Hello hello, my name is Duncan and this is “Hello From Duncan” - a newsletter that I send every ten days, rounding up my recent creative input and output. It’s free to receive, and you can unsubscribe at any time.
I’ve been on holiday for the last, well, ten days or so. So this is a lighter edition than normal. But hopefully you’ll still find something interesting in it.
The last few days in the UK have seen a record-breaking heatwave, with temperatures in some locations rising above 40.3C (105F). This is consistent with what we’d expect to experience as the planet warms due to humankind’s carbon emissions.
To mark this grim milestone, I put together a short sonification of temperatures in three of the hottest locations - Lincoln, Hounslow and Gatwick Airport. Each location is represented by a tone, and the louder/rougher the sound, the hotter the temperature. You can really hear the onset of the heatwave over time.
I’m happy to answer any questions about how it works - just hit reply.
Live in Europe and want to learn how to make sonifications like the one above? I’ll be giving a one-day workshop in Amsterdam in October on the subject.
There are very limited places available (12ish, I think?), and we’ve sold more than half of the tickets already, so there are only a handful left. If you want to join us, then grab your ticket now.
If you’re not able to attend, then you don’t have to completely miss out - we’re hoping to run a virtual version of the workshop at some point. If you think you can help us make that happen then get in touch.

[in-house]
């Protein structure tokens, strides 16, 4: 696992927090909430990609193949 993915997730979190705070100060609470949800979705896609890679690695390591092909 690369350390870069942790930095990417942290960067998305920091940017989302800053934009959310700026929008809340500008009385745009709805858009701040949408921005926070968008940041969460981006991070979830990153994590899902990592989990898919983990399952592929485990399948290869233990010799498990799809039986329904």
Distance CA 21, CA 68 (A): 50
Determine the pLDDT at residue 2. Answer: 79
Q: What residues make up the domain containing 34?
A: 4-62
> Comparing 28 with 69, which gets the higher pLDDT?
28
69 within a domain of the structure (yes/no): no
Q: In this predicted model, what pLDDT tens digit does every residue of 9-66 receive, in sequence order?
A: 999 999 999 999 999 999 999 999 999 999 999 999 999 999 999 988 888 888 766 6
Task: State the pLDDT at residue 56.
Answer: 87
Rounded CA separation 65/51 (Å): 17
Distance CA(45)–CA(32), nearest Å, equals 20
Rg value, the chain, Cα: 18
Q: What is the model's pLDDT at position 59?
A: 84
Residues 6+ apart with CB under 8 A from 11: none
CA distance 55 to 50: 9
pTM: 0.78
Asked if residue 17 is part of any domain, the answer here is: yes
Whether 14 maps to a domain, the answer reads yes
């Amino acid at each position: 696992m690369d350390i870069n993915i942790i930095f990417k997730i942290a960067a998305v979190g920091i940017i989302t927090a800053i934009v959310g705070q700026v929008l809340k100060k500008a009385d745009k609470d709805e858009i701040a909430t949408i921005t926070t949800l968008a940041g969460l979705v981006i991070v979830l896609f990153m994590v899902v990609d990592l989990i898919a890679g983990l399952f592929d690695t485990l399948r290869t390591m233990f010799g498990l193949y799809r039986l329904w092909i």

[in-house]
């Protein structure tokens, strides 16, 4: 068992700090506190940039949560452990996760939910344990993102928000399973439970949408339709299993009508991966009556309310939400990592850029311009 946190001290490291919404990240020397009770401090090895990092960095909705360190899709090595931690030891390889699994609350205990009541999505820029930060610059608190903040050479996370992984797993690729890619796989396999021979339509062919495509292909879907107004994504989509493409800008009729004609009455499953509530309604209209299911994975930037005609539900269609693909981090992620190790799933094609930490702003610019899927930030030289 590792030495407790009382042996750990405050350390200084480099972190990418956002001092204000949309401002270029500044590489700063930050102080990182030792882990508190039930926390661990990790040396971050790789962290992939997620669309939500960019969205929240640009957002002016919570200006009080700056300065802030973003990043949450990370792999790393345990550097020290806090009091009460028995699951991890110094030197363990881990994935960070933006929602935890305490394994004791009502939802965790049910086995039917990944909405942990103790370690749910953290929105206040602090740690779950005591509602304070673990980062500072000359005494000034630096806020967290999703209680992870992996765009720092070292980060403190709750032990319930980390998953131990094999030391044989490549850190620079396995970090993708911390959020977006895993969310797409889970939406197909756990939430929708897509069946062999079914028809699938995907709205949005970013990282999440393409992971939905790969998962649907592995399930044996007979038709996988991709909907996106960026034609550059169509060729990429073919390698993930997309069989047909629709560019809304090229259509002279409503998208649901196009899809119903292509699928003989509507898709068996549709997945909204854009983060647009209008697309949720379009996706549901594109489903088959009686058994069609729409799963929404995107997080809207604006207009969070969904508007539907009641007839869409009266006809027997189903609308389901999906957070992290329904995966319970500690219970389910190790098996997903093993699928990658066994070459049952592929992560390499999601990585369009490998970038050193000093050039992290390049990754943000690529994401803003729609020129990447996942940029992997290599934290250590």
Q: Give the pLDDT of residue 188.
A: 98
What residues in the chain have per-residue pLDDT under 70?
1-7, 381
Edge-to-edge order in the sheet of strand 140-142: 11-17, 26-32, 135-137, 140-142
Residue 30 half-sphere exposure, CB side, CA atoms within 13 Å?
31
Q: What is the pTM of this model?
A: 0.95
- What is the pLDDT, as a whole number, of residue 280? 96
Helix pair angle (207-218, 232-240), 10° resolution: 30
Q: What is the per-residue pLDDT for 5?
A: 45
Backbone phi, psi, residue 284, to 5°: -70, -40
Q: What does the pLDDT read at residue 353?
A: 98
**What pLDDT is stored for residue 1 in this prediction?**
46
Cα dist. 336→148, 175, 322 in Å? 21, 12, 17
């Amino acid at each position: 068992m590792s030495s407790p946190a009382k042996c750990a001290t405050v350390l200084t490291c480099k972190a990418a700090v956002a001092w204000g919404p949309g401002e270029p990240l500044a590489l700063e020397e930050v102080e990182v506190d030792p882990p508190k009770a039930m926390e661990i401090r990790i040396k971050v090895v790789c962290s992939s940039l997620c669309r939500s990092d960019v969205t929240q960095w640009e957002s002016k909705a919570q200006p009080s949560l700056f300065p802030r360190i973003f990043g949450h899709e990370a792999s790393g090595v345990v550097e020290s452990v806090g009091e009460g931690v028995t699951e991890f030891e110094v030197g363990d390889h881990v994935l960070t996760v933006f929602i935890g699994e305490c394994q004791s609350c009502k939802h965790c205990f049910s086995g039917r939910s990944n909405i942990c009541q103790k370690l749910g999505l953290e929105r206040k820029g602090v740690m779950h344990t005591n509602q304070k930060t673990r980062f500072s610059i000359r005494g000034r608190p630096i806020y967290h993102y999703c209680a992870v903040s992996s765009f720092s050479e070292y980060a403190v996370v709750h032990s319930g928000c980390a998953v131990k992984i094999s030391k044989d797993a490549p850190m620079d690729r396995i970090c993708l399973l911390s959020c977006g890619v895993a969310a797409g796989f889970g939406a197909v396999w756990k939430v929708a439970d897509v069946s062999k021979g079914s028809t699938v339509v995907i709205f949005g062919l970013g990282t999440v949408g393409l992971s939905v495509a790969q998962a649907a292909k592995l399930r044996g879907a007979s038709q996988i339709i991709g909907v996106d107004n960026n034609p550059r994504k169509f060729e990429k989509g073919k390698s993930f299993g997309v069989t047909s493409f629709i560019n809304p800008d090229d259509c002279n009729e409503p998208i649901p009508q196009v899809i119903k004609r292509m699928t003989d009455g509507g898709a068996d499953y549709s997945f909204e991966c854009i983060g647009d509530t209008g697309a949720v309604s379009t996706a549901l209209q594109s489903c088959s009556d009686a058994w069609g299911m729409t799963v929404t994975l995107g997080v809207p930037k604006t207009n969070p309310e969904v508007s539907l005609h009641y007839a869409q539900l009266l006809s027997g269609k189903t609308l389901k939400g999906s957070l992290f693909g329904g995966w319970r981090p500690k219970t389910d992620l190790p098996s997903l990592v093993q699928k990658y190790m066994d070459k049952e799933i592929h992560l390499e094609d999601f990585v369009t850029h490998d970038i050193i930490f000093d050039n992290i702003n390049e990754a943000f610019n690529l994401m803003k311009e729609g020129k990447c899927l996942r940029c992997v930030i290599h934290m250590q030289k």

In further sound news, Robin Sloan and Jesse Solomon Clark have released some details of their next AI-powered album as The Cotton Modules. It’s called “The Greatest Remaining Hits” (!) and it’s a concept album (!!) about AIs trying their best to recreate human songs lost on a colony ship voyage into deep space. I love everything about it, especially the preview track - “California”.
My Possible colleague Matt has opened an exhibition in Berlin titled “Werbepause - The Art of Subvertising”.
Subvertising is the art of rewriting a language using its own grammar to create spaces of possibility. By occupying an advertising space, subvertising uses multiple strategies – heartfelt critique; knowing satire; over-enthusiastic impersonation; and uncanny disjunction – to destabilise the function of the marketing culture that dominates our lives. It creates something false to tell us something true, forcing us to reflect on the social status of ‘truth’ today. The re-appropriation of public space is experienced as a moment of freedom.
If you’re in the area, I highly recommend stopping by.
I don’t normally include job ads in this newsletter, but British innovation think-tank Nesta is looking for a data journalist, and I gave them some help putting the job description together, so I figured I’d amplify it here to any data journalists reading. It looks like a genuinely exciting opportunity, and comes with a lot of flexibility in working conditions. If that sounds interesting, then give the ad a skim.
Finally, I’ll leave you this week with an article about the $8 billion, four-decades-in-the-making plan to protect Venice from flooding. It’s called “MOSE”.
In flooding season (October – March), the island HQ is run by 100 people and works 24/7. A warning system alerts citizens, tourists and ships to an incoming flood. At its max, MOSE protects against 3m tides (which is ~1.5x the height of the record 1966 flood). Unfortunately, it wasn’t operational by November 2019, when the city had its worst flood in 50 years.
The biggest question facing MOSE: can it protect against climate change and rising water levels in the long term? When CNN asked the project’s lead Elisabetta Spitz this question, she said: “If in 100 years the barriers aren’t enough and we can’t hold off 3m tides, I can tell you the problem won’t be Venice.”
See you next time.